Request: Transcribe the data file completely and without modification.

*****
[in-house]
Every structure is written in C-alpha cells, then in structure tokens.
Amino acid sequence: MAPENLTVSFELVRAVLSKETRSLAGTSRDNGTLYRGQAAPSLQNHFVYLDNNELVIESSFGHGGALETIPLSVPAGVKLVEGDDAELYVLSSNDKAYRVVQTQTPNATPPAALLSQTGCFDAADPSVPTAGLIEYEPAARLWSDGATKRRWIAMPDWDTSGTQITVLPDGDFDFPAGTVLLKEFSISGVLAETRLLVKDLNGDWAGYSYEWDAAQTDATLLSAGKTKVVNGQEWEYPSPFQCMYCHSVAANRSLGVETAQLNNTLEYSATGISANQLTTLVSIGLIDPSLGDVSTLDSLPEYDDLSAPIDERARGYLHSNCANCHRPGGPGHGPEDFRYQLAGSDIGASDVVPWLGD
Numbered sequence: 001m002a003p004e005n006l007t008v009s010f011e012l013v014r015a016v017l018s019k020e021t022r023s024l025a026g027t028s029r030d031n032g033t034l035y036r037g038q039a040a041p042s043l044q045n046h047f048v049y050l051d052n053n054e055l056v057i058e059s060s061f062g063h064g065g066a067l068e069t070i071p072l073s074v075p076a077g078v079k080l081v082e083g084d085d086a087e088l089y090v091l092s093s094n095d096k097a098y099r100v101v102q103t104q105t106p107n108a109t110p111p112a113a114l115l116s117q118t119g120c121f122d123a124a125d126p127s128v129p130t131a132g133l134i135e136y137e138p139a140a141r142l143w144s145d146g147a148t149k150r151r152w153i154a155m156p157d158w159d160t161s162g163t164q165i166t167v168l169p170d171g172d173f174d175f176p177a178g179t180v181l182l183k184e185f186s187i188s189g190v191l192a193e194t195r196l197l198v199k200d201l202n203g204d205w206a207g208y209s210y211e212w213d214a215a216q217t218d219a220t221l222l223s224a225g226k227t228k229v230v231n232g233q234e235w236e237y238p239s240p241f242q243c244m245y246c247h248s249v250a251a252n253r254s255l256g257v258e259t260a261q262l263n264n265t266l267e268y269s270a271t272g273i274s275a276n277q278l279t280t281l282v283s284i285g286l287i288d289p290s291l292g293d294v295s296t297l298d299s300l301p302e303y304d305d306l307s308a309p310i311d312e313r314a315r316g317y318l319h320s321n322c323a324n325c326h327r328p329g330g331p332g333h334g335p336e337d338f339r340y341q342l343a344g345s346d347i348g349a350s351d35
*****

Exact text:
[in-house]
Every structure is written in C-alpha cells, then in structure tokens.
Amino acid sequence: MAPENLTVSFELVRAVLSKETRSLAGTSRDNGTLYRGQAAPSLQNHFVYLDNNELVIESSFGHGGALETIPLSVPAGVKLVEGDDAELYVLSSNDKAYRVVQTQTPNATPPAALLSQTGCFDAADPSVPTAGLIEYEPAARLWSDGATKRRWIAMPDWDTSGTQITVLPDGDFDFPAGTVLLKEFSISGVLAETRLLVKDLNGDWAGYSYEWDAAQTDATLLSAGKTKVVNGQEWEYPSPFQCMYCHSVAANRSLGVETAQLNNTLEYSATGISANQLTTLVSIGLIDPSLGDVSTLDSLPEYDDLSAPIDERARGYLHSNCANCHRPGGPGHGPEDFRYQLAGSDIGASDVVPWLGD
Numbered sequence: 001m002a003p004e005n006l007t008v009s010f011e012l013v014r015a016v017l018s019k020e021t022r023s024l025a026g027t028s029r030d031n032g033t034l035y036r037g038q039a040a041p042s043l044q045n046h047f048v049y050l051d052n053n054e055l056v057i058e059s060s061f062g063h064g065g066a067l068e069t070i071p072l073s074v075p076a077g078v079k080l081v082e083g084d085d086a087e088l089y090v091l092s093s094n095d096k097a098y099r100v101v102q103t104q105t106p107n108a109t110p111p112a113a114l115l116s117q118t119g120c121f122d123a124a125d126p127s128v129p130t131a132g133l134i135e136y137e138p139a140a141r142l143w144s145d146g147a148t149k150r151r152w153i154a155m156p157d158w159d160t161s162g163t164q165i166t167v168l169p170d171g172d173f174d175f176p177a178g179t180v181l182l183k184e185f186s187i188s189g190v191l192a193e194t195r196l197l198v199k200d201l202n203g204d205w206a207g208y209s210y211e212w213d214a215a216q217t218d219a220t221l222l223s224a225g226k227t228k229v230v231n232g233q234e235w236e237y238p239s240p241f242q243c244m245y246c247h248s249v250a251a252n253r254s255l256g257v258e259t260a261q262l263n264n265t266l267e268y269s270a271t272g273i274s275a276n277q278l279t280t281l282v283s284i285g286l287i288d289p290s291l292g293d294v295s296t297l298d299s300l301p302e303y304d305d306l307s308a309p310i311d312e313r314a315r316g317y318l319h320s321n322c323a324n325c326h327r328p329g330g331p332g333h334g335p336e337d338f339r340y341q342l343a344g345s346d347i348g349a350s351d35